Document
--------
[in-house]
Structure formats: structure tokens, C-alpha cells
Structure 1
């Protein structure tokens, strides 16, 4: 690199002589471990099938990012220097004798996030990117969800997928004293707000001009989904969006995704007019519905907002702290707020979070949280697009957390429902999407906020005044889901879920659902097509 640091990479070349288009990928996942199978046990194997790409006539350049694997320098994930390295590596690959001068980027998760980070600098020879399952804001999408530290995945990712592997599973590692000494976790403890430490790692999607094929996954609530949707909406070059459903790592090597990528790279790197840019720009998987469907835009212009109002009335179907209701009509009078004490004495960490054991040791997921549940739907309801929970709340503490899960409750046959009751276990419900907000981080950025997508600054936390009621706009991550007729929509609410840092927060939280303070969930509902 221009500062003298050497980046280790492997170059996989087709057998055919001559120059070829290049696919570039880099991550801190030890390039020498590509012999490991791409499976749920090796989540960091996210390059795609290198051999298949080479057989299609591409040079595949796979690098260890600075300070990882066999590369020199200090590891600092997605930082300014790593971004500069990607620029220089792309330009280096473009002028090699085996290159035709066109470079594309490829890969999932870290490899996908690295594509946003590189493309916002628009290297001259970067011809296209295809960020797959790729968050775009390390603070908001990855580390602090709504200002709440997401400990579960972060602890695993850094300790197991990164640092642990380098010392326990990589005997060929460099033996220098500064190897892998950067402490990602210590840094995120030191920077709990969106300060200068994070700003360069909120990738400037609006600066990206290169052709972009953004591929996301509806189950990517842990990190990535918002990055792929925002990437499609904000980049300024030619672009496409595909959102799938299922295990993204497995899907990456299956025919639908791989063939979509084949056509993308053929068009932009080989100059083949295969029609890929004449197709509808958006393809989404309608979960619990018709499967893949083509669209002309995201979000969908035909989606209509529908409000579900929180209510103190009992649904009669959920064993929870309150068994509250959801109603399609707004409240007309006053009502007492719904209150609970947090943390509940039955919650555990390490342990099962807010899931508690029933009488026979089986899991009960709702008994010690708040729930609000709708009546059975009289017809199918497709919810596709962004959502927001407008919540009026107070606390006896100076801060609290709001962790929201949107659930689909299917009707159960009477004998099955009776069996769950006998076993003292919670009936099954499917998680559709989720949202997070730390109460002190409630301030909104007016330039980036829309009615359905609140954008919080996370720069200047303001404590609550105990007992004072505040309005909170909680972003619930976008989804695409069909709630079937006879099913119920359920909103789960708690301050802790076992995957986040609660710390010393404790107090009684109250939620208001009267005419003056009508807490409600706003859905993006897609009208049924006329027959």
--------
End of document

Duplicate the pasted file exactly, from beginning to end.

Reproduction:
[in-house]
Structure formats: structure tokens, C-alpha cells
Structure 1
């Protein structure tokens, strides 16, 4: 690199002589471990099938990012220097004798996030990117969800997928004293707000001009989904969006995704007019519905907002702290707020979070949280697009957390429902999407906020005044889901879920659902097509 640091990479070349288009990928996942199978046990194997790409006539350049694997320098994930390295590596690959001068980027998760980070600098020879399952804001999408530290995945990712592997599973590692000494976790403890430490790692999607094929996954609530949707909406070059459903790592090597990528790279790197840019720009998987469907835009212009109002009335179907209701009509009078004490004495960490054991040791997921549940739907309801929970709340503490899960409750046959009751276990419900907000981080950025997508600054936390009621706009991550007729929509609410840092927060939280303070969930509902 221009500062003298050497980046280790492997170059996989087709057998055919001559120059070829290049696919570039880099991550801190030890390039020498590509012999490991791409499976749920090796989540960091996210390059795609290198051999298949080479057989299609591409040079595949796979690098260890600075300070990882066999590369020199200090590891600092997605930082300014790593971004500069990607620029220089792309330009280096473009002028090699085996290159035709066109470079594309490829890969999932870290490899996908690295594509946003590189493309916002628009290297001259970067011809296209295809960020797959790729968050775009390390603070908001990855580390602090709504200002709440997401400990579960972060602890695993850094300790197991990164640092642990380098010392326990990589005997060929460099033996220098500064190897892998950067402490990602210590840094995120030191920077709990969106300060200068994070700003360069909120990738400037609006600066990206290169052709972009953004591929996301509806189950990517842990990190990535918002990055792929925002990437499609904000980049300024030619672009496409595909959102799938299922295990993204497995899907990456299956025919639908791989063939979509084949056509993308053929068009932009080989100059083949295969029609890929004449197709509808958006393809989404309608979960619990018709499967893949083509669209002309995201979000969908035909989606209509529908409000579900929180209510103190009992649904009669959920064993929870309150068994509250959801109603399609707004409240007309006053009502007492719904209150609970947090943390509940039955919650555990390490342990099962807010899931508690029933009488026979089986899991009960709702008994010690708040729930609000709708009546059975009289017809199918497709919810596709962004959502927001407008919540009026107070606390006896100076801060609290709001962790929201949107659930689909299917009707159960009477004998099955009776069996769950006998076993003292919670009936099954499917998680559709989720949202997070730390109460002190409630301030909104007016330039980036829309009615359905609140954008919080996370720069200047303001404590609550105990007992004072505040309005909170909680972003619930976008989804695409069909709630079937006879099913119920359920909103789960708690301050802790076992995957986040609660710390010393404790107090009684109250939620208001009267005419003056009508807490409600706003859905993006897609009208049924006329027959």